Jeremy Lin Signs Deal To Play For Beijing Ducks In China After Receiving No NBA Offers, Releases Statement

Visual China Group via Getty Images/Visual China Group via Getty Images

Just one month ago, the thought of Jeremy Lin’s NBA career being over drove him to tears. He categorized the NBA “giving up” on him as “rock bottom,” despite earning over $65 million during his nine-year NBA career and being just weeks removed from becoming the first ever Asian American to win and NBA title.

The 31-year-old has recalibrated his perspective, evident in his recent signing with the Beijing Ducks of the Chinese Basketball Association.

Ducks club chairman Qin Xiaowen confirmed the news in a statement:

“Jeremy joining the Beijing Ducks men’s basketball shows his confidence in us and is an honor, we sincerely welcome him.”

Lin followed suit on Twitter and Instagram:


All I can say is THANK YOU to the NBA, my family, inner circle, every fan who came to watch or rooted for me during these last 9 years! To challenge stereotypes, make history, rep Asians at the NBA level and pave the path as others have done for me has been an absolute privilege. Im overwhelmed with gratitude for each person who has been with me each step of the way. ⁣

Equally excited for this next step with the Beijing Ducks! I always knew my path would go through the CBA solely bc I knew how much of an honor it would be to hoop in front of all my Chinese fans. Im here now and there is more history to be made!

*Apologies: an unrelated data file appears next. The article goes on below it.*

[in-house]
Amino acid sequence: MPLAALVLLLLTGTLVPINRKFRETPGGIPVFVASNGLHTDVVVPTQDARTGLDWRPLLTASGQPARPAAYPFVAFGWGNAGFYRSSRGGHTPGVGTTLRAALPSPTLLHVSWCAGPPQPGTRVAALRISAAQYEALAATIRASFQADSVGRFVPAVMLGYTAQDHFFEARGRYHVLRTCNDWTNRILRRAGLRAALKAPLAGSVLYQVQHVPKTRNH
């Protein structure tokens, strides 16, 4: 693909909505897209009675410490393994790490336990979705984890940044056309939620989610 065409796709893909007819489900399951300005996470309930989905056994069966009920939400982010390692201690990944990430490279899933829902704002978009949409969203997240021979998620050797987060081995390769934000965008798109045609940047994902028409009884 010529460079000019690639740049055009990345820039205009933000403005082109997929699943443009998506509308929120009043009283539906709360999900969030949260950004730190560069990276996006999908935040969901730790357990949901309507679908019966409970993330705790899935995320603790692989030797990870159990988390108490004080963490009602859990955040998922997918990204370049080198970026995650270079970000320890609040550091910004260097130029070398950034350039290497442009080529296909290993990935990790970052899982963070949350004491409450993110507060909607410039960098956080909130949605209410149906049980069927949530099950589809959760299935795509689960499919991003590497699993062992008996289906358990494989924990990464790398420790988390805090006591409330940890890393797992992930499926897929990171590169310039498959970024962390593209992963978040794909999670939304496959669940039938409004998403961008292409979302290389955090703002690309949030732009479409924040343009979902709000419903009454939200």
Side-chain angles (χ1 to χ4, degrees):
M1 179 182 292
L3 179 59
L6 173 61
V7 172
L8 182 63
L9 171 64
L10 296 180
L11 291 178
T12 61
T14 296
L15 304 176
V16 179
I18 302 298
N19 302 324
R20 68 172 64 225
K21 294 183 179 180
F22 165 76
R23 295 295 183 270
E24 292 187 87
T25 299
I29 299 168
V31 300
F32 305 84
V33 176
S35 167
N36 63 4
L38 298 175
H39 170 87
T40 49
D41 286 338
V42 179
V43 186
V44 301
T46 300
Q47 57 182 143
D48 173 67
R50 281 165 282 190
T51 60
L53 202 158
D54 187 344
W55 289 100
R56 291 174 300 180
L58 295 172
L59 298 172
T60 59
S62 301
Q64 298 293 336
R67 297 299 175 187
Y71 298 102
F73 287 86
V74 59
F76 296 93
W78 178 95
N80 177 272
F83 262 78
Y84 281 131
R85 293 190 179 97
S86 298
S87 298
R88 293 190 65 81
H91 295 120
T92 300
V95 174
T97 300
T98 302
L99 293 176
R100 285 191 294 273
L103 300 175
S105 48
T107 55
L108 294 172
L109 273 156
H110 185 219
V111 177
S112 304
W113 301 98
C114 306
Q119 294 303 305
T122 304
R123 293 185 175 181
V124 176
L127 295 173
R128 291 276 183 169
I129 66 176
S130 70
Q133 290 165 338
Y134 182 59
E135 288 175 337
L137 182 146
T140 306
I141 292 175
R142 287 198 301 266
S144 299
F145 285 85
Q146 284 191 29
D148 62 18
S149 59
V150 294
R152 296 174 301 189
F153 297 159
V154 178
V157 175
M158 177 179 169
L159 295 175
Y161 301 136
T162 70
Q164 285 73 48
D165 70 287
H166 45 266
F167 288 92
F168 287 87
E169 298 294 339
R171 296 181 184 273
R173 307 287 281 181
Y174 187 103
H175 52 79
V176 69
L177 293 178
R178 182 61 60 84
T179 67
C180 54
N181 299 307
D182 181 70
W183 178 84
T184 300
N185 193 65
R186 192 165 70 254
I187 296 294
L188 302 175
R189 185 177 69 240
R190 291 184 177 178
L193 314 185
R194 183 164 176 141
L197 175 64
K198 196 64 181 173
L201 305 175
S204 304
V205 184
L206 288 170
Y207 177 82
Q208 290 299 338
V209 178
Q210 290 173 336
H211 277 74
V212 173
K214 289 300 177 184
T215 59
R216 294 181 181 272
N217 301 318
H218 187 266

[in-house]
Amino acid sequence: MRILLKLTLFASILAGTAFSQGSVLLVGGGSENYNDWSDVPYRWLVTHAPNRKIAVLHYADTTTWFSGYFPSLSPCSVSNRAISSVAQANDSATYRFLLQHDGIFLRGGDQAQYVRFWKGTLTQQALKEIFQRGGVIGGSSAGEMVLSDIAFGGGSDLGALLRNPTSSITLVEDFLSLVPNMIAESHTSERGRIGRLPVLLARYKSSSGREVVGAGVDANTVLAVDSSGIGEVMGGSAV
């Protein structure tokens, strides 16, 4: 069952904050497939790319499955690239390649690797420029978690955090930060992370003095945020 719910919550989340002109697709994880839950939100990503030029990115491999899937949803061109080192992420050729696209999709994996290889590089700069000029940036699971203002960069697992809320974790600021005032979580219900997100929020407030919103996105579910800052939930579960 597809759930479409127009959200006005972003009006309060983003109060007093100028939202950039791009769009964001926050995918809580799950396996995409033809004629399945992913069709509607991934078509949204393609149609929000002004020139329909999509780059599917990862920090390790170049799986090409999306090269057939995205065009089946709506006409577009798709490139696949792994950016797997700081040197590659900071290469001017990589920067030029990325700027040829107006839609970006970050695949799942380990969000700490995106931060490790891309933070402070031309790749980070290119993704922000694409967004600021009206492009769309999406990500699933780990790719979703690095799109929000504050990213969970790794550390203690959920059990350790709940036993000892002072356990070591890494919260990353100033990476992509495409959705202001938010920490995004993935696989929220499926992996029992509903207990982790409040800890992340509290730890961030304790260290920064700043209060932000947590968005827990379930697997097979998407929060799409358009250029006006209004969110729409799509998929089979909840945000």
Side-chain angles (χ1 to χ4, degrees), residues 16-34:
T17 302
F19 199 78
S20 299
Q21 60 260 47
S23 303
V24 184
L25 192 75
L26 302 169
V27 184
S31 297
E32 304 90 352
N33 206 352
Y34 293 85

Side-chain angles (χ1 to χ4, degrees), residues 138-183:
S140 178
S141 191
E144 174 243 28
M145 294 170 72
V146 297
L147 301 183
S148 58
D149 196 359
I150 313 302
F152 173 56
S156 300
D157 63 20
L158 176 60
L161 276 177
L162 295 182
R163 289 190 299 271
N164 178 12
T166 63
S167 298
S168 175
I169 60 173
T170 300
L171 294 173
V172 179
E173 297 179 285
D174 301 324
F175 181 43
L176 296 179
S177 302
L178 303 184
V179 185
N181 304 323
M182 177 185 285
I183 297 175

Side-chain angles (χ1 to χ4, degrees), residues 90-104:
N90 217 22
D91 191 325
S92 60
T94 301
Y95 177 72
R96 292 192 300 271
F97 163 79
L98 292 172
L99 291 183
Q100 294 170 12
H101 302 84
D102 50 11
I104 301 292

Also congrats to @joe_linstagram on a contract extension fresh off a championship with the @fubon_braves… you’re a beast and to be able to sign our contracts on the same day is something Ill forever cherish. Love you lil bro! #linstanation #farfromdone#glorytoGod

Lin younger brother, Joseph, plays for the Fubon Braves in the Super Basketball League, an elite semi-pro men’s league in Taiwan. He can ball.

Jeremy’s move to China is the obvious choice, seeing as he will be treated like a God there. He will be playing for the same franchise as 3-time Chinese Basketball Association Champion Stephon Marbury, who is such a legend in China, he has received the title of honorary Beijing citizen, his own series of stamps and even a statue outside his team’s arena.

Rock bottom? Nah bro.



Matt Keohan Avatar
Matt’s love of writing was born during a sixth grade assembly when it was announced that his essay titled “Why Drugs Are Bad” had taken first prize in D.A.R.E.’s grade-wide contest. The anti-drug people gave him a $50 savings bond for his brave contribution to crime-fighting, and upon the bond’s maturity 10 years later, he used it to buy his very first bag of marijuana.